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I am using an iOS5 book to learn iOS programming.

@synthesize coolWord;

^synthesize is used for all properties in .m files

I heard that in iOS6 there is no need for synthesize, since it is automatically done for you. Is this true?

Does synthesize play any role for iOS6?

Thanks for the clarification. :)

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Interesting question. –  Dhaivat Pandya Feb 2 '13 at 2:57
This is not a property of iOS 6. It is a property of Xcode 4.4. Take a look at the Objective-C Feature Availability Index. This is the “Default synthesis of @property instance variables and accessor methods” feature. –  rob mayoff Feb 2 '13 at 3:46
Even though it's a just a property of Xcode, I assume you can still do this for iOS6 apps though, right? –  JoseSwagKid Feb 2 '13 at 3:55

6 Answers 6

up vote 23 down vote accepted

@synthesize in objective-c just implements property setters and getters:

- (void)setCoolWord:(NSString *)coolWord {
     _coolWord = coolWord;

- (NSString *)coolWord {
    return _coolWord;

It is true with Xcode 4 that this is implemented for you (iOS6 requires Xcode 4). Technically it implements @synthesize coolWord = _coolWord (_coolWord is the instance variable and coolWord is the property).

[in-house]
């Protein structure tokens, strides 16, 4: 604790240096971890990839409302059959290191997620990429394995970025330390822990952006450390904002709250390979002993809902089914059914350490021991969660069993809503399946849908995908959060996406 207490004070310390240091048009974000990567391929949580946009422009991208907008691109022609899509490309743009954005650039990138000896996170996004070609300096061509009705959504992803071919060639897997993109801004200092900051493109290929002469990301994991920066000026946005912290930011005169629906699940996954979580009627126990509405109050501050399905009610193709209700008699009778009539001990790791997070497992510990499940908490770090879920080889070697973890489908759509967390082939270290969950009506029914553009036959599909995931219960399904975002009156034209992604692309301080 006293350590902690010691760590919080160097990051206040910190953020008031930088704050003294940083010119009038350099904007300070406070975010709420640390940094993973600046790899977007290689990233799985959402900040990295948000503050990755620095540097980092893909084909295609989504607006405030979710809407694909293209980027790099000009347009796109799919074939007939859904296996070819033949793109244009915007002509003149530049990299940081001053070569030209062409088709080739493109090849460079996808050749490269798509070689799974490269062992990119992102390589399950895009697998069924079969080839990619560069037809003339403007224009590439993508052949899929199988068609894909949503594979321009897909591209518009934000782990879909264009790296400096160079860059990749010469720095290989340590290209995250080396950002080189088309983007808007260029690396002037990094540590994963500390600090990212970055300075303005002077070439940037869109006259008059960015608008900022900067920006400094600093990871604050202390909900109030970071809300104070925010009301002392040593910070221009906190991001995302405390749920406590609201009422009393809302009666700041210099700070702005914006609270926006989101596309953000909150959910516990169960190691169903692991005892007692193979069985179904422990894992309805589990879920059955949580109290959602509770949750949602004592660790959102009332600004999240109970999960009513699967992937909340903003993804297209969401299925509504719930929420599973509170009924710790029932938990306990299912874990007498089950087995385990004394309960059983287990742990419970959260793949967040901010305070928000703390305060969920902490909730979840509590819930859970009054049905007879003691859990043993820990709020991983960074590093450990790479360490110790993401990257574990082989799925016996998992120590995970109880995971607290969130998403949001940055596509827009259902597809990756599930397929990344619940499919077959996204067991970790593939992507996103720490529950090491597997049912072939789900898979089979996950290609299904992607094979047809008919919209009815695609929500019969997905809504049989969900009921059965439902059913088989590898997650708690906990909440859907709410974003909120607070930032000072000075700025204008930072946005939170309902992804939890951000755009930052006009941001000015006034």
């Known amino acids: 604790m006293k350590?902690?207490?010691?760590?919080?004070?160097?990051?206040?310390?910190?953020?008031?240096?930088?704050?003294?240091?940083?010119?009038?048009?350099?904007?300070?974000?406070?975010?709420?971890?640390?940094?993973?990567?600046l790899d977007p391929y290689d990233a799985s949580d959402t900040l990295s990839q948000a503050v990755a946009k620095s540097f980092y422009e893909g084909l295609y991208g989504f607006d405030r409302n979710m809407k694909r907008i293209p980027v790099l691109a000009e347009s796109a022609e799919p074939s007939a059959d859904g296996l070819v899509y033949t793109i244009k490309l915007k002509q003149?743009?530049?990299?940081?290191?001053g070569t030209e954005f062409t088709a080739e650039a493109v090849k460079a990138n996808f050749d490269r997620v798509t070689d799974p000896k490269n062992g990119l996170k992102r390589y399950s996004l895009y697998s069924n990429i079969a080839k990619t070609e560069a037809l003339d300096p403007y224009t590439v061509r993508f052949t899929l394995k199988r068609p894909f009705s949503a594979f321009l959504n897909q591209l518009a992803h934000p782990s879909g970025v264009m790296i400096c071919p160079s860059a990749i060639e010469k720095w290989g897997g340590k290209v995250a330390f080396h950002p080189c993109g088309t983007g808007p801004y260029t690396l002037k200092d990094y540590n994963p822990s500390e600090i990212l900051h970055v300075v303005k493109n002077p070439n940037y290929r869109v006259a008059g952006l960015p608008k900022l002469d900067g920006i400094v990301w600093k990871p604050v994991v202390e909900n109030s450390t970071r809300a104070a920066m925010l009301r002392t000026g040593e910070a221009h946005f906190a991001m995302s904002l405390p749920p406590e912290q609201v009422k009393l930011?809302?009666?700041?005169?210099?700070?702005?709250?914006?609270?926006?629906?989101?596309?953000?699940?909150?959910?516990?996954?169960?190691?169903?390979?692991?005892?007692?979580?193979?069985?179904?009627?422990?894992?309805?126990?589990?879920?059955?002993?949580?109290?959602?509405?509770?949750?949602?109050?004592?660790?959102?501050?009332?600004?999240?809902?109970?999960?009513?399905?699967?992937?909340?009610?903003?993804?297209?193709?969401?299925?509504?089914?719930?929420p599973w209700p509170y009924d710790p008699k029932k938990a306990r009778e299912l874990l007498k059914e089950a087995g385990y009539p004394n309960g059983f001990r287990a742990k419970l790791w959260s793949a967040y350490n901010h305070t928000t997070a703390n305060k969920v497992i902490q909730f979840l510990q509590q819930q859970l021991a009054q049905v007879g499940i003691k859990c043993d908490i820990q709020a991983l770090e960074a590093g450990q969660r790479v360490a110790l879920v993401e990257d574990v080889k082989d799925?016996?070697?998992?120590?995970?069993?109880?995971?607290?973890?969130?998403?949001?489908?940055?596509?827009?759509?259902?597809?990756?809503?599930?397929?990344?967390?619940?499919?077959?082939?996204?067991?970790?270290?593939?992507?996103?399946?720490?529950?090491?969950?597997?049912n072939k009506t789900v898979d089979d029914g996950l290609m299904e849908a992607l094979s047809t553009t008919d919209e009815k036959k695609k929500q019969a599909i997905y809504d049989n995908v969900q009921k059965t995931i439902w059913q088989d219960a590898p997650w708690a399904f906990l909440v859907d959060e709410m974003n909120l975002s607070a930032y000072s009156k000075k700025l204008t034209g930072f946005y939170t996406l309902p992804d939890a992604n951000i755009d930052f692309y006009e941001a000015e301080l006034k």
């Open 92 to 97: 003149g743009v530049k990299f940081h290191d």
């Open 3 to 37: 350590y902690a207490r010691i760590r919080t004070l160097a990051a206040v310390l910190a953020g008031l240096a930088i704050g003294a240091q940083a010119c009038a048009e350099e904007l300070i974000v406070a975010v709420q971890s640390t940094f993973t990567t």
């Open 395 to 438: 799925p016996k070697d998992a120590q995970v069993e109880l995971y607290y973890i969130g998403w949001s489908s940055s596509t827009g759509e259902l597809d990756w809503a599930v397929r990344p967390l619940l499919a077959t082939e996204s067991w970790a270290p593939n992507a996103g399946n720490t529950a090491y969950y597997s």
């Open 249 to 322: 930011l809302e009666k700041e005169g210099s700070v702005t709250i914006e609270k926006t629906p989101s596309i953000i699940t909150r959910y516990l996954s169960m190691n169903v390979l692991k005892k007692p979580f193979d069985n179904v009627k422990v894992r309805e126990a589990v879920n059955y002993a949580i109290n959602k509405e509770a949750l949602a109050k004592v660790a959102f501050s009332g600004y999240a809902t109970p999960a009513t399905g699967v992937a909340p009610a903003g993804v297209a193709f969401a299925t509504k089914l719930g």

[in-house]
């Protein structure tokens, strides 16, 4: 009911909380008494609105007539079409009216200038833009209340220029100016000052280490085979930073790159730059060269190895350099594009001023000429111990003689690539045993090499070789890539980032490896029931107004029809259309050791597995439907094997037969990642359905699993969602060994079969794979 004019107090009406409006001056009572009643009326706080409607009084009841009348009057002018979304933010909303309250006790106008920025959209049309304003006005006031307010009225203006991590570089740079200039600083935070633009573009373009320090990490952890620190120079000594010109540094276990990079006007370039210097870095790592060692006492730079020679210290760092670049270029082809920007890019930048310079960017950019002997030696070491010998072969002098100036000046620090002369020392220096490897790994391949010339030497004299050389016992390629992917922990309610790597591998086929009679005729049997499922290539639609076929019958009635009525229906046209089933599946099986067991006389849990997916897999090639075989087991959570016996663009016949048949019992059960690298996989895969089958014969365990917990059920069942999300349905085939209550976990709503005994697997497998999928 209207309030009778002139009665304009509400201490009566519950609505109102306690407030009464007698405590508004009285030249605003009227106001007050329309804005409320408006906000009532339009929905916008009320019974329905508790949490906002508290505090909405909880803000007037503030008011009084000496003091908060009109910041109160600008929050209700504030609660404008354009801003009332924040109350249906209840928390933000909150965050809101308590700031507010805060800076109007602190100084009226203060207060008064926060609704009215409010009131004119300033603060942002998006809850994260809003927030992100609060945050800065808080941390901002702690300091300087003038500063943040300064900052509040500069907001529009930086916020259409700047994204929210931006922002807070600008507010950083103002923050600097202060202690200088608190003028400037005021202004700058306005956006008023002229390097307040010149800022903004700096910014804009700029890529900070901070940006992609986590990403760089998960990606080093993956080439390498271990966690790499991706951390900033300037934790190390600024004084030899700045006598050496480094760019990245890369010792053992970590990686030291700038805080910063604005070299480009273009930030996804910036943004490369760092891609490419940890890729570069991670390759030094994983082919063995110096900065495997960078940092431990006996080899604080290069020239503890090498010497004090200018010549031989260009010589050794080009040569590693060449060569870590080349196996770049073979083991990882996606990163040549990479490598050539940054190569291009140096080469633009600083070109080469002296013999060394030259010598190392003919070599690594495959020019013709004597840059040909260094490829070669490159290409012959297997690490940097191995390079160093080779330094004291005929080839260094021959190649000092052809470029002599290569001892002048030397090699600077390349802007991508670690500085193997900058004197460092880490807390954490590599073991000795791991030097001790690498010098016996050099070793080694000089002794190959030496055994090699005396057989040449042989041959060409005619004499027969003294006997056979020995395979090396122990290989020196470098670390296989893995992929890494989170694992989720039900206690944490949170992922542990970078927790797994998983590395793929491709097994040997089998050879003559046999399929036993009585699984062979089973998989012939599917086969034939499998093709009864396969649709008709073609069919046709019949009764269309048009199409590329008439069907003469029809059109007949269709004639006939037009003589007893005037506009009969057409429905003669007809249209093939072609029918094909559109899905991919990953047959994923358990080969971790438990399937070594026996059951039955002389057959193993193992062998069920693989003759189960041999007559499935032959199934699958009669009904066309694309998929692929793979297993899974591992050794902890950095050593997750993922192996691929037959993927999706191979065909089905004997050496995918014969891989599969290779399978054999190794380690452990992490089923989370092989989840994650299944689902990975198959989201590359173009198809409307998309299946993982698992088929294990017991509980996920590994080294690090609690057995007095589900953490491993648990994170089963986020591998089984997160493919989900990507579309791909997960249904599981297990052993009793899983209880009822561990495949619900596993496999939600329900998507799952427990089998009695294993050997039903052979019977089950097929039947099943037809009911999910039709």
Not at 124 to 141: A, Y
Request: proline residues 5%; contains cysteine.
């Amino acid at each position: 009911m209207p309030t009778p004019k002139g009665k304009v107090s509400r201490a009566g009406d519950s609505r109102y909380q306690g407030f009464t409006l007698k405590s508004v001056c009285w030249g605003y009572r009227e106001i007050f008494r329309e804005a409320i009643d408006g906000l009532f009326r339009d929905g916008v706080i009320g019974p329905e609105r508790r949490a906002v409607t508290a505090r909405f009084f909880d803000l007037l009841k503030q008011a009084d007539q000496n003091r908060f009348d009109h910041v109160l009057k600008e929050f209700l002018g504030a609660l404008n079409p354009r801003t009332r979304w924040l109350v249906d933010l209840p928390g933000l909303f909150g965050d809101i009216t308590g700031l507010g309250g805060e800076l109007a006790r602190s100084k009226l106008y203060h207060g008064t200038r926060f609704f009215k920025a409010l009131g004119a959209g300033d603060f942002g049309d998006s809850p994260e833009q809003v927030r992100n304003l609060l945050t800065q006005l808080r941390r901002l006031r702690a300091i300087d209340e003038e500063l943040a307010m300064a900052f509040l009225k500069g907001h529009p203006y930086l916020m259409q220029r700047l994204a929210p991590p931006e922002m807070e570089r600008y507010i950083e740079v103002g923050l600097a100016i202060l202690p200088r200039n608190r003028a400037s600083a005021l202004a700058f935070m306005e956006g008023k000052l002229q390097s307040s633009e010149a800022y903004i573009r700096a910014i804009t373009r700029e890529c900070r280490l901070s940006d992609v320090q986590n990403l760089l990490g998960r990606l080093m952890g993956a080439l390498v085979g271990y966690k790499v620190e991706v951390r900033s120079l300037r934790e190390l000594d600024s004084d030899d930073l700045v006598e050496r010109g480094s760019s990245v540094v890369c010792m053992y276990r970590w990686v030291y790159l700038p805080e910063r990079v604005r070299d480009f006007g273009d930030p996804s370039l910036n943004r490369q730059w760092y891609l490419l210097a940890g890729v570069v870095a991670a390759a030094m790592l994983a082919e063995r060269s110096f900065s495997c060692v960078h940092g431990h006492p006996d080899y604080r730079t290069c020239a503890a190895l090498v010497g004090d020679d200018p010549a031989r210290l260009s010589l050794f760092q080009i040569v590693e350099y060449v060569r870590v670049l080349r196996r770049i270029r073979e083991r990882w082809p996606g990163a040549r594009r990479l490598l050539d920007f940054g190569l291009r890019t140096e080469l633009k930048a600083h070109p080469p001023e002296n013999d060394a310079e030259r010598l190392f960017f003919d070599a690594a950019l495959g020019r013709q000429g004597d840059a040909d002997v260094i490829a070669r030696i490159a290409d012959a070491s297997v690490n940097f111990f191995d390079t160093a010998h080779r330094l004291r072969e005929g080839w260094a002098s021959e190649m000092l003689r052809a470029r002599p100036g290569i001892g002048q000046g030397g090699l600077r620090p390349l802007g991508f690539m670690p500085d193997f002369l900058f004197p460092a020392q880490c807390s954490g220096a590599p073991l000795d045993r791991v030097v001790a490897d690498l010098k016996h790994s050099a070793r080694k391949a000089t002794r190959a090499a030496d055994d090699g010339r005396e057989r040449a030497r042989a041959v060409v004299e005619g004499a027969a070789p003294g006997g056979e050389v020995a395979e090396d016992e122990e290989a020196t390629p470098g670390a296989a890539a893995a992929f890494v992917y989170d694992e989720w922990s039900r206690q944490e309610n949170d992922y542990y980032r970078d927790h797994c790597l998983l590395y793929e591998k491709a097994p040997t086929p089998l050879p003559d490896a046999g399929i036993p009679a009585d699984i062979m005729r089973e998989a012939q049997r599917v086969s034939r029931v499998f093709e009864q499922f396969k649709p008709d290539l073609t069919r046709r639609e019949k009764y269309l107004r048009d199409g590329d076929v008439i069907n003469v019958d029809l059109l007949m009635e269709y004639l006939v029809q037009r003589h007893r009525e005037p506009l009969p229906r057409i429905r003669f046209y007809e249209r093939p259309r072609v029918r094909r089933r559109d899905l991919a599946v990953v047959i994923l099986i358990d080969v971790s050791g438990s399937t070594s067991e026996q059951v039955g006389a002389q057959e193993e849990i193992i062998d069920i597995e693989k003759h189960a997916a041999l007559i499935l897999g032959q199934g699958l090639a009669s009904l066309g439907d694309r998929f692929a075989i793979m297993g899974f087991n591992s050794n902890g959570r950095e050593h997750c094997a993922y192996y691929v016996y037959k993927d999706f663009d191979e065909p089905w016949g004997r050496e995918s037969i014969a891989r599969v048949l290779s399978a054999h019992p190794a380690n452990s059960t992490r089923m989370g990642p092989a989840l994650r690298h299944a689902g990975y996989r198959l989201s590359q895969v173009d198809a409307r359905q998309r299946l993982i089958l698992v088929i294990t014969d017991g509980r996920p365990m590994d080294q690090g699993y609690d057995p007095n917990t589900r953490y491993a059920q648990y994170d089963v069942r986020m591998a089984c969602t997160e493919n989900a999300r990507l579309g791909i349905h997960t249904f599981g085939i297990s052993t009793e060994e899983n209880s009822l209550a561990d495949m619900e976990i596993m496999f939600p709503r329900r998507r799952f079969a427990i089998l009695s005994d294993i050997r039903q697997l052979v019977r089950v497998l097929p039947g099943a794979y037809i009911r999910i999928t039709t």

To access these properties use self.coolWord both for setting self.coolWord = @"YEAH!"; and getting NSLog(@"%@", self.coolWord);

Also note, both the setter and getter can still be manually implemented. If you implement BOTH the setter and getter though you NEED to also manually include @synthesize coolWord = _coolWord; (no idea why this is).

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Thank you! You explained the synthesize concept and its role in iOS6 very well. :) –  JoseSwagKid Feb 2 '13 at 3:20
PS - it's coolWord not coolWard :P –  JoseSwagKid Feb 2 '13 at 3:20
The code that is actually generated is a bit more complicated and depends on how the property is defined and if you have implemented some or all of the generated methods yourself. For example if you have a atomic property (which is the default) then the generated setter will make sure that only one thread can modify the underlying variable at any time. There are dozens of other factors that influence the code that is generated. The fact that you don't have to worry about those things anymore (in most cases) is nice. ;) –  Christian Kienle Feb 2 '13 at 23:48